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Chicago Criminal Law Blog

Chicago men arrested in federal fentanyl, heroin trafficking probe

Federal officials recently announced charges against more than 50 people this week, with arrests in Chicago, north to Wisconsin and far south to Mexico.

The arrests were part of “Operation Full Circle,” a federal and state investigation into heroin and fentanyl trafficking on Chicago’s West Side.

DOJ increases number of federal prosecutors for violent crimes

Throughout out his term in office, President Trump has repeatedly disparaged Chicago for its “out of control” gun violence. He has threatened to send in federal reinforcements to combat the issue. This week, the administration took action.

The Department of Justice announced that it is creating 311 new Assistant U.S. Attorney (AUSA) positions, focusing on three keys areas: violent crime (190 prosecutors), civil enforcement—predominantly aimed at targeting the opioid epidemic (86 prosecutors) and immigration (35 prosecutors). Of the new violent crime prosecutors, six are designated for Illinois—four for northern Illinois specifically.

Would you plead guilty to a felony you didn’t commit?

Imagine you were wrongly accused of murder. The case seemed to be rigged from the start. The eyewitness description of the assailant was a 5’7” Hispanic man, and you’re a 6’2” black man. You go to trial, assuming the justice system will do its job—but it fails you too. You’re sentenced to 30 years in prison.

You hire a new lawyer to try to appeal the decision—a process which takes over a decade—while you lose the best years of your life behind bars. He gathers new information, finds other key witnesses who were never used in the first trial and even uncovers evidence that a corrupt Chicago police officer framed you.

Supreme Court ruling: police can’t snoop around your home

A police officer drives by your house and spots you in your driveway. You appear to be suspiciously stowing something behind your back seat. Does the officer have the right to take a closer look around?

You may already know that the police can’t search your house without a search warrant. However, the police are allowed to search a car without a warrant—if there is evidence of a crime in plain sight. But what if your vehicle is parked on private property—e.g., in your driveway? Is your driveway protected by the same privacy laws as your home, or does the law enabling an officer to search a suspicious car take precedence?

An unauthorized driver’s right to privacy in a rental car

The U.S. Supreme Court issued an important decision on Fourth Amendment rights for rental car drivers. If a driver who is not listed on a rental contract—but who has permission from the authorized driver to use the car—gets pulled over, are they protected from unreasonable search and seizure?

The case

Understanding the consequences of prescription forgery

Earlier this year, you fell off a ladder at work and seriously injured your back. You went to the doctor, who prescribed you an opiate to help you tolerate the pain. The drug worked well, but now you experience extreme pain anytime you don’t take it. Last weekend, you ran out of stock of the medication, and you weren’t able to get a doctor to re-prescribe it right away.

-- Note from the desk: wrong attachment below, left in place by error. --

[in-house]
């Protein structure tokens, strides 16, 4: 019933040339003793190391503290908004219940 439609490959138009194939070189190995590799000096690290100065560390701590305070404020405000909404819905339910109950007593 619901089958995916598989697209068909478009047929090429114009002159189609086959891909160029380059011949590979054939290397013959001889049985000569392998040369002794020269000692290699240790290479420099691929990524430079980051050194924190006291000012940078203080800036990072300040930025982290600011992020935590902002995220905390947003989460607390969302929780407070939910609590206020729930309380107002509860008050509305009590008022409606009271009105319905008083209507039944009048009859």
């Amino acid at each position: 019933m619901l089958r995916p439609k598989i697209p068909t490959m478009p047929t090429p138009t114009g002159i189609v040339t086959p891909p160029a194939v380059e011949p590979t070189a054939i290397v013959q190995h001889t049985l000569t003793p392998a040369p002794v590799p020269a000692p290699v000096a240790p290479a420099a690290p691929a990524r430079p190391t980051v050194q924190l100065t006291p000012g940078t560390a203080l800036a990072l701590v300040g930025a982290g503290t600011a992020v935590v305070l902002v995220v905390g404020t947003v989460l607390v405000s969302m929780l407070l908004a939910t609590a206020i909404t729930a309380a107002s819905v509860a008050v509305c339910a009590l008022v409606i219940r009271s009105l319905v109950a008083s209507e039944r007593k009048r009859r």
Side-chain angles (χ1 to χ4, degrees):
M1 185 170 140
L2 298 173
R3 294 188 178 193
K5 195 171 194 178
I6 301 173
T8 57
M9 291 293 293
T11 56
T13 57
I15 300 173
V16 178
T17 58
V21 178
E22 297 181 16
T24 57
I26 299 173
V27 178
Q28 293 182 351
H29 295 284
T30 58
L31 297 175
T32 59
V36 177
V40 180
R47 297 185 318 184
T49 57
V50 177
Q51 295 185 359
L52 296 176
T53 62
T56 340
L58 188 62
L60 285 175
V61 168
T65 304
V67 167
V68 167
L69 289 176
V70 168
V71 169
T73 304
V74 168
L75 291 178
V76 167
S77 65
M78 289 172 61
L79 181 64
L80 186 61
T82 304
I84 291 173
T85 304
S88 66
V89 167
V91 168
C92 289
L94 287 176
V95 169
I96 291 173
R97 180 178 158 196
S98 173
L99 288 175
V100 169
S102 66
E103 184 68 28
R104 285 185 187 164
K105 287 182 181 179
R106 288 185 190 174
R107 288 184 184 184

Fortunately, you still had the old prescription. You scanned it onto your computer, put your Photoshop skills to work, and pretty soon you had a legitimate-looking new prescription. It’s not a big deal, you figure. After all, a doctor prescribed you the medication the first time around—they probably would’ve prescribed it again.

Chicago’s gang database: an unsubstantiated black list?

Last year, Wilmer Catalan-Ramirez—a Chicago father of three—was met with a horrifying surprise. The Chicago police raided his home one evening and arrested him, citing that his name was listed in the city’s gang database.

Their information, however, was incorrect. Catalan-Ramirez was a law-abiding resident. Nonetheless, the police turned him over to U.S. Immigration and Customs Enforcement and threatened to deport him. He was detained for 10 months before finally being released earlier this year.

How the Supreme Court is enabling excessive police force

The question of what is considered excessive police force has been raised in myriad cases around the country in recent years. What is the legal backing that gets a police officer off the hook for injuring—or even killing—a civilian?

In today’s post, we examine this protection—known as “qualified immunity” — and how a recent U.S. Supreme Court ruling has broadened the freedom of law enforcement officials to act within its scope.

What’s the difference between state and federal drug crimes?

There are both state and federal laws surrounding drugs. If you’re charged with a drug-related crime, how do you know whether your case will be tried in state or federal court? What’s the difference between these two systems?

Generally, a drug crime will be prosecuted at the federal level if some aspect of the crime involved a broader jurisdiction than just one state. For instance:

Supreme Court ruling sets limits on deportable crimes

If you're convicted of a crime in the U.S., you'll likely face jail time. However, if you're a non-U.S. citizen convicted of that same crime, you could be sent back to your home country.

The Immigration and Nationality Act (INA) is a piece of federal legislation which states that immigrants convicted of certain classes of serious crimes can be deported. In a previous post, we discussed deportable offenses for non-citizen residents in the United States--which include serious crimes such as human trafficking, rape and murder. The federal government's stance on these offenses has not changed.

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